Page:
In the midst of the Coronavirus (COVID-19) global pandemic, the CDC has recommended that everyone take steps to protect themselves and their communities, including avoiding close contact with others. If you have to take time off work sick, what are your legal rights? If your child’s school is closed or your work is closed, can you stay home with your children?
Find out more about your right to paid sick time in Rhode Island below. Please note that you may also have an additional right to emergency paid leave for COVID-19 purposes under federal law, as described in more detail here.
1) What does the Rhode Island Paid Sick Time law do?
It gives workers up to 40 hours of sick time a year, which can be used to recover from physical/mental illness or injury; to seek medical diagnosis, treatment, or preventative care; to care for a family member who is ill or needs medical diagnosis, treatment, or preventative care; when the worker’s place of business is closed by order of a public official due to a public health emergency or to care for a child whose school or childcare provider has been closed by order of a public official due to a public health emergency; to care for themselves or a family member when a health authority or health care provider determines that the worker’s or family member’s presence in the community presents a public health risk because of exposure to a communicable disease (regardless of whether the individual has contracted the disease); or to address needs that may arise if the worker or a family member is a victim of domestic violence, a sexual offense, or stalking.
2) Am I covered?
If you work as an employee in Rhode Island, you are probably covered, whether you are a full-time, part-time, or temporary worker. However, the law does not cover federal, state, and municipal employees, independent contractors, subcontractors, work study participants, interns and apprenticeships, and a few other narrow groups.
3) How much sick time can I earn?
You earn 1 hour of sick time for every 35 hours worked, up to a maximum of 40 hours per year. If your workplace has 18 or more workers, that time must be paid. If your workplace has fewer than 18 workers, your sick time may be unpaid—but you can’t be fired or punished for taking it.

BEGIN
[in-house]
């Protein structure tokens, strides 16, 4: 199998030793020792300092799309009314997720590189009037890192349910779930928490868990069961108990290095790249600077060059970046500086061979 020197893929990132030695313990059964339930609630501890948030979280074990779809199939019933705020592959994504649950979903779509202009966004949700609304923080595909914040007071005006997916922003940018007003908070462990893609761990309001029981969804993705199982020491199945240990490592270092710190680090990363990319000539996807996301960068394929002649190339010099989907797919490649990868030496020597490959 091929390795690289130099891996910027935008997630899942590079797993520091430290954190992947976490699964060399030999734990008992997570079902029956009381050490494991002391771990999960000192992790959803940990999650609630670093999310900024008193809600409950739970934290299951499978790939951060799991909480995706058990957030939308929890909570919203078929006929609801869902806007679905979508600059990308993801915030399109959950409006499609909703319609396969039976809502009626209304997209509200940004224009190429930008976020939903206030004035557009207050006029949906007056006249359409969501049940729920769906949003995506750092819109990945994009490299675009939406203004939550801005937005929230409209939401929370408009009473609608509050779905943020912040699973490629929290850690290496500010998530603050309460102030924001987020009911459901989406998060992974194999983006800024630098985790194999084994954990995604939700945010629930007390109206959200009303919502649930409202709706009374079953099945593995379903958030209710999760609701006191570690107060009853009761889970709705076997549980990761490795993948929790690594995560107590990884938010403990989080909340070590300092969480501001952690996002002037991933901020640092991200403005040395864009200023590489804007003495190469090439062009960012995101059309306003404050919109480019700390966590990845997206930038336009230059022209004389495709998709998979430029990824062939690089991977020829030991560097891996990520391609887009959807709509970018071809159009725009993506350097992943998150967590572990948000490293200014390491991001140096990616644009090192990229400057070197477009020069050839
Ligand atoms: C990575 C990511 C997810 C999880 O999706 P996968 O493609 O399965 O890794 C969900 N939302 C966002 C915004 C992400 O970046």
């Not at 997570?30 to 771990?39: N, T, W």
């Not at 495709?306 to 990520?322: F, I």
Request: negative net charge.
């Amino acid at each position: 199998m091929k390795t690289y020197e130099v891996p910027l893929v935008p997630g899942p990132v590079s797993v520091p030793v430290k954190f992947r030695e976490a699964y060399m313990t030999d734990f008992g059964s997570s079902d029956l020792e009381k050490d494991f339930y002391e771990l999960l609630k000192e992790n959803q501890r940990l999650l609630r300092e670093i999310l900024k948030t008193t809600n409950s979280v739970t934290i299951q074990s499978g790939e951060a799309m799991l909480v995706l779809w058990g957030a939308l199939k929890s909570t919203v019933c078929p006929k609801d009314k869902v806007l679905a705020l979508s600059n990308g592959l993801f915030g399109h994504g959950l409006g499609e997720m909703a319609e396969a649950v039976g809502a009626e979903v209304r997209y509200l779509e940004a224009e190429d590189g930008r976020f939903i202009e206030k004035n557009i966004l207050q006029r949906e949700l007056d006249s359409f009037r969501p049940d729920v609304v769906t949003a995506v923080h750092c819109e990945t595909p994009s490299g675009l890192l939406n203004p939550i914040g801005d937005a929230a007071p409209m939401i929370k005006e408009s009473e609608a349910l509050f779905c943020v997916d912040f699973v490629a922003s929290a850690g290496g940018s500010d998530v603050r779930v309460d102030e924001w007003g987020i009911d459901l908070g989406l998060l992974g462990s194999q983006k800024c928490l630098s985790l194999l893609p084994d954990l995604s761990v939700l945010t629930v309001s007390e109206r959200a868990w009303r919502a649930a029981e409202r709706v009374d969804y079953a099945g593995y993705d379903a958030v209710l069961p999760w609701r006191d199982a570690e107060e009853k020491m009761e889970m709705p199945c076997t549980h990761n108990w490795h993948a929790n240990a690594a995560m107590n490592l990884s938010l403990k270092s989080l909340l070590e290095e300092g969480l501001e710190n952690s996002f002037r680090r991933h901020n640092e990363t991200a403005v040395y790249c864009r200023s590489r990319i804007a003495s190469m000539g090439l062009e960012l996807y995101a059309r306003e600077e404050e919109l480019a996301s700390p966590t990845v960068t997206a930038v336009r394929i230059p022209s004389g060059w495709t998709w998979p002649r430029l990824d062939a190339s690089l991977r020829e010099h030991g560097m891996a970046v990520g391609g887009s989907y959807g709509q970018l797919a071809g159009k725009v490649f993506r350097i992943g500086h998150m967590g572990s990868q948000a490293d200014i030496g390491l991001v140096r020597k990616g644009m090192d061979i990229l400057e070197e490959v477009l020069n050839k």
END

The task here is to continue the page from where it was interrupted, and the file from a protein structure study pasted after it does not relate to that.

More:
All covered employees are protected against being fired or punished for using or requesting their sick time (including threats, discipline, demotion, reduction in hours, termination, etc.).
4) What if my work or my child’s school or daycare is closed for a health emergency?
You can also use your sick time if your place of business is closed by order of a public official due to a public health emergency or to care for a child whose school or childcare provider has been closed by order of a public official due to a public health emergency.
5) Which of my family members are covered by the law?
Under the law, you can take sick time to care for yourself or a child, spouse, domestic partner, parent, parent-in-law, grandchild, grandparent, sibling, care recipient, or member of your household.
6) What if I already have paid leave or paid time off?
If you already get any paid leave (vacation, paid time off, etc.) that you can use as sick time and it’s at least the same amount you would earn under this law, the law does not give you any additional paid time off.
7) When can I begin using my sick time?
You start earning sick time immediately but cannot use it until 90 days after the start of your employment. However, temporary workers cannot use sick time until 180 calendar days after the start of their employment, and seasonal workers cannot use sick time until 150 calendar days after the start of their employment.
8) Do I need a doctor’s note?
Only after more than 3 consecutive work days of absence (and the note does not have to specify your illness).
All covered workers are protected against being fired or punished for using or requesting sick or safe time. If you have a problem—or want more information—call A Better Balance’s free legal clinic at 1-833-NEED-ABB.
The Rhode Island Department of Labor and Training is in charge of enforcing this law.
Please note that this fact sheet does not represent an exhaustive overview of the paid sick time law described, and it does not constitute legal advice. It is possible that additional provisions not described in this fact sheet may apply to a worker’s specific circumstances or category of employment.
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